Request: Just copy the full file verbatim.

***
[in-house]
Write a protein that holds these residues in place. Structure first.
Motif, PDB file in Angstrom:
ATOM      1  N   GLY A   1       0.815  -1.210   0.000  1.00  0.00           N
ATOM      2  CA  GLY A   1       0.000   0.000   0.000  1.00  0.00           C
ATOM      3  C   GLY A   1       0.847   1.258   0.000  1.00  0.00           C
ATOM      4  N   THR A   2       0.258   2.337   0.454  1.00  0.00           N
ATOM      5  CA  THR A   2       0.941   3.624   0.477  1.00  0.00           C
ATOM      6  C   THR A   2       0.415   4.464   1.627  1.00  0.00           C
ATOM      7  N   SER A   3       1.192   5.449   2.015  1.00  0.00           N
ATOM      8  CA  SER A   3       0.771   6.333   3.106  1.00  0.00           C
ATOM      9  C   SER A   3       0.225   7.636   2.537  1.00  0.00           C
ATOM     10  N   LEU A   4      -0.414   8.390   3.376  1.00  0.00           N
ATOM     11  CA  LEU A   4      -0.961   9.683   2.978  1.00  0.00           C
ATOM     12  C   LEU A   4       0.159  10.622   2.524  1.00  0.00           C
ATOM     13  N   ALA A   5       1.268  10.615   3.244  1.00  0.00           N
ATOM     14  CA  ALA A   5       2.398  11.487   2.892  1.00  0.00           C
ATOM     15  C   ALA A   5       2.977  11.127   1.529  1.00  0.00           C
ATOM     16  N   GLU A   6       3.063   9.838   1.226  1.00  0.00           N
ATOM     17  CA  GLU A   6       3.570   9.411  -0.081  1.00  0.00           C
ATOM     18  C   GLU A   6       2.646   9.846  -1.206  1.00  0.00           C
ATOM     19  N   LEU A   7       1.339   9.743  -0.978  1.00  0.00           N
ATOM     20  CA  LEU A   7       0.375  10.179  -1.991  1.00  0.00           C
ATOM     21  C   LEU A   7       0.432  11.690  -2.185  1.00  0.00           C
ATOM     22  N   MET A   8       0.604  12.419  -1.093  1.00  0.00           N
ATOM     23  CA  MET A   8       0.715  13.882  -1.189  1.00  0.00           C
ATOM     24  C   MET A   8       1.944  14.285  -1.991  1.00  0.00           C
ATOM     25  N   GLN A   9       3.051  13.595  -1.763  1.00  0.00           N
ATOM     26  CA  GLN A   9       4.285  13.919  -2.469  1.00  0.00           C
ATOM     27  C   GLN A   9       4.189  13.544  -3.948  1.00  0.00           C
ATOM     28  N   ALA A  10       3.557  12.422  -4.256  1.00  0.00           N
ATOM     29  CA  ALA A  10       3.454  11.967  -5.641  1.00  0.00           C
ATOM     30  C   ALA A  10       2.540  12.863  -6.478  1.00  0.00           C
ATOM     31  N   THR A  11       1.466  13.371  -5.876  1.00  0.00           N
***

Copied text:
[in-house]
Write a protein that holds these residues in place. Structure first.
Motif, PDB file in Angstrom:
ATOM      1  N   GLY A   1       0.815  -1.210   0.000  1.00  0.00           N
ATOM      2  CA  GLY A   1       0.000   0.000   0.000  1.00  0.00           C
ATOM      3  C   GLY A   1       0.847   1.258   0.000  1.00  0.00           C
ATOM      4  N   THR A   2       0.258   2.337   0.454  1.00  0.00           N
ATOM      5  CA  THR A   2       0.941   3.624   0.477  1.00  0.00           C
ATOM      6  C   THR A   2       0.415   4.464   1.627  1.00  0.00           C
ATOM      7  N   SER A   3       1.192   5.449   2.015  1.00  0.00           N
ATOM      8  CA  SER A   3       0.771   6.333   3.106  1.00  0.00           C
ATOM      9  C   SER A   3       0.225   7.636   2.537  1.00  0.00           C
ATOM     10  N   LEU A   4      -0.414   8.390   3.376  1.00  0.00           N
ATOM     11  CA  LEU A   4      -0.961   9.683   2.978  1.00  0.00           C
ATOM     12  C   LEU A   4       0.159  10.622   2.524  1.00  0.00           C
ATOM     13  N   ALA A   5       1.268  10.615   3.244  1.00  0.00           N
ATOM     14  CA  ALA A   5       2.398  11.487   2.892  1.00  0.00           C
ATOM     15  C   ALA A   5       2.977  11.127   1.529  1.00  0.00           C
ATOM     16  N   GLU A   6       3.063   9.838   1.226  1.00  0.00           N
ATOM     17  CA  GLU A   6       3.570   9.411  -0.081  1.00  0.00           C
ATOM     18  C   GLU A   6       2.646   9.846  -1.206  1.00  0.00           C
ATOM     19  N   LEU A   7       1.339   9.743  -0.978  1.00  0.00           N
ATOM     20  CA  LEU A   7       0.375  10.179  -1.991  1.00  0.00           C
ATOM     21  C   LEU A   7       0.432  11.690  -2.185  1.00  0.00           C
ATOM     22  N   MET A   8       0.604  12.419  -1.093  1.00  0.00           N
ATOM     23  CA  MET A   8       0.715  13.882  -1.189  1.00  0.00           C
ATOM     24  C   MET A   8       1.944  14.285  -1.991  1.00  0.00           C
ATOM     25  N   GLN A   9       3.051  13.595  -1.763  1.00  0.00           N
ATOM     26  CA  GLN A   9       4.285  13.919  -2.469  1.00  0.00           C
ATOM     27  C   GLN A   9       4.189  13.544  -3.948  1.00  0.00           C
ATOM     28  N   ALA A  10       3.557  12.422  -4.256  1.00  0.00           N
ATOM     29  CA  ALA A  10       3.454  11.967  -5.641  1.00  0.00           C
ATOM     30  C   ALA A  10       2.540  12.863  -6.478  1.00  0.00           C
ATOM     31  N   THR A  11       1.466  13.371  -5.876  1.00  0.00           N